Costa Rica Won't Require a Negative COVID-19 Test for Arrivals Starting October 26, 2020, per El Pais, a significant change from the country's previous requirement to receive a negative result from a RT-PCR COVID-19 test taken within the 72 hours prior to traveling. The change is prompted by the fact that travel and tourism comprise nearly 10% of GDP and over half a million jobs, directly and indirectly.
Although travelers won't have to have a pre-travel COVID-19 test, they'll still be required to complete Costa Rica's Health Pass form and carry valid medical insurance, either from Costa Rica insurers INS and Sagicor or other entities that will cover medical expenses of at least $50,000 should the traveler become ill from COVID-19 in Costa Rica. The coverage must also include a minimum of $2000 for lodging costs during COVID-19 treatment.
Costa Rica reopens to Americans from all 50 states on November 1, 2020, so this is good news for those who would like to visit but may find it difficult to get a result back within the 72 hour time frame (while it's possible using Vault Health, there's always the possibility of a delay with the mail).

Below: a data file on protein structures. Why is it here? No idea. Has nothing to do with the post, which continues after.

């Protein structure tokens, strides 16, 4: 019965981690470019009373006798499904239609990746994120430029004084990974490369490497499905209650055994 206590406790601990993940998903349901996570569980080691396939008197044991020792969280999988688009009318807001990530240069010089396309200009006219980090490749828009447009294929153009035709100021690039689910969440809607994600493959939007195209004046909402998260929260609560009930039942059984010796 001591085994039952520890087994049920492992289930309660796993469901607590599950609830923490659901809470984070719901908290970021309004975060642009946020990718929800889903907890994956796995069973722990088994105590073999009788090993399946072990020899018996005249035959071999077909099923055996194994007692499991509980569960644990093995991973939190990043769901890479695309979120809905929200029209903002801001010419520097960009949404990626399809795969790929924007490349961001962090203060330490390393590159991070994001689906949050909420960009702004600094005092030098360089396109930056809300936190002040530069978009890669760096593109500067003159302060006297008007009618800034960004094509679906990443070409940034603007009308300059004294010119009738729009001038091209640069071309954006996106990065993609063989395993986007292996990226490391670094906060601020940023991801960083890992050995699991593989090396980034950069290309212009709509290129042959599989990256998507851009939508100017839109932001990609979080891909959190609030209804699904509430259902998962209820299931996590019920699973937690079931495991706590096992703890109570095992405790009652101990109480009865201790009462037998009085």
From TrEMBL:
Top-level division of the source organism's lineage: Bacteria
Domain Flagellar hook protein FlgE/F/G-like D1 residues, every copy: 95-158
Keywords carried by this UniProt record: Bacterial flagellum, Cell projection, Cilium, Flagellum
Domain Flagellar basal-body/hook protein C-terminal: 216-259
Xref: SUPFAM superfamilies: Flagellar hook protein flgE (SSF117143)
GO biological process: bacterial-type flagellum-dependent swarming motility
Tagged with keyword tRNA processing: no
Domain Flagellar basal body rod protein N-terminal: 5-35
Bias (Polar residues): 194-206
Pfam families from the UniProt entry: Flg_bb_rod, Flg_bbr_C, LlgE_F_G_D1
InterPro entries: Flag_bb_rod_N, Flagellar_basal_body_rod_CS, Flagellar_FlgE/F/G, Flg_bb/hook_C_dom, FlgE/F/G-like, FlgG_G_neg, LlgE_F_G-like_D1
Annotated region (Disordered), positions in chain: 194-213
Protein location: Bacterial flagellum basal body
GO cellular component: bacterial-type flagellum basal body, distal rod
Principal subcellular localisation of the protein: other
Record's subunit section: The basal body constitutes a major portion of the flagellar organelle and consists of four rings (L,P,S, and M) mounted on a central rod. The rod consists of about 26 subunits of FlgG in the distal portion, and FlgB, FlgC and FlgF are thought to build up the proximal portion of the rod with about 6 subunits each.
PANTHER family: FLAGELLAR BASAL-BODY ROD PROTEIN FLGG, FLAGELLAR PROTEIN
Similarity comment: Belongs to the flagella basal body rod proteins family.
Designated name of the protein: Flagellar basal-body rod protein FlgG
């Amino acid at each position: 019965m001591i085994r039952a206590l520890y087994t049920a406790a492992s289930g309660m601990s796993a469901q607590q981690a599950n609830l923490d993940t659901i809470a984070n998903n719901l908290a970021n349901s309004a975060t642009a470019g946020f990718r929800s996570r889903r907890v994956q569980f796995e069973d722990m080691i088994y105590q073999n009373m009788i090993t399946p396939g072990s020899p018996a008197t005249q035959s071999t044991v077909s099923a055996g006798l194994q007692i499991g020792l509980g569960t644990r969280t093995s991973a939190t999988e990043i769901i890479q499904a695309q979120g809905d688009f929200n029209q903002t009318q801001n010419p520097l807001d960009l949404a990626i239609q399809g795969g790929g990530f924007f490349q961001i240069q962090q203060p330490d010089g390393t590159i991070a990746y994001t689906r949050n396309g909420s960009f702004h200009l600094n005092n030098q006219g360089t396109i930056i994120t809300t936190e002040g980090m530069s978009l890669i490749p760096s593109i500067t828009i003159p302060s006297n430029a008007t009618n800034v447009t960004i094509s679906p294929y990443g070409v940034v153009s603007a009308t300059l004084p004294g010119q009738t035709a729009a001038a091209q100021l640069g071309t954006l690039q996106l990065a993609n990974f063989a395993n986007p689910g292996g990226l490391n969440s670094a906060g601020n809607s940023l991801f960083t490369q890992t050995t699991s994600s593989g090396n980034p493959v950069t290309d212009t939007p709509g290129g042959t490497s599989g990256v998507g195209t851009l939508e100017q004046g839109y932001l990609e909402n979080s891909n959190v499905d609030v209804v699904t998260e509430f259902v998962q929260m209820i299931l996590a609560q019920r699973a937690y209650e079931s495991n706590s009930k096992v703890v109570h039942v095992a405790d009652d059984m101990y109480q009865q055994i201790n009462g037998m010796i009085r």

On the other hand, travelers who want to travel to a destination where new reported coronavirus cases are holding stable or decreasing should look elsewhere. As in the U.S., Europe, and other destinations, new daily COVID-19 cases have been increasing in Costa Rica over the past few months. On several recent days, new cases have been >1500. Given Costa Rica's population of ~5 million, that's higher on a per capita basis than the U.S., one of the very worst hit countries when it comes to COVID-19, and several times worse than Norway, which has a slightly larger population and has recently had a few days of just over 300 new cases.
Locales such as Bermuda, Anguilla, St. Lucia, and St. Barths are among the safest islands within easy reach of the U.S. to visit.
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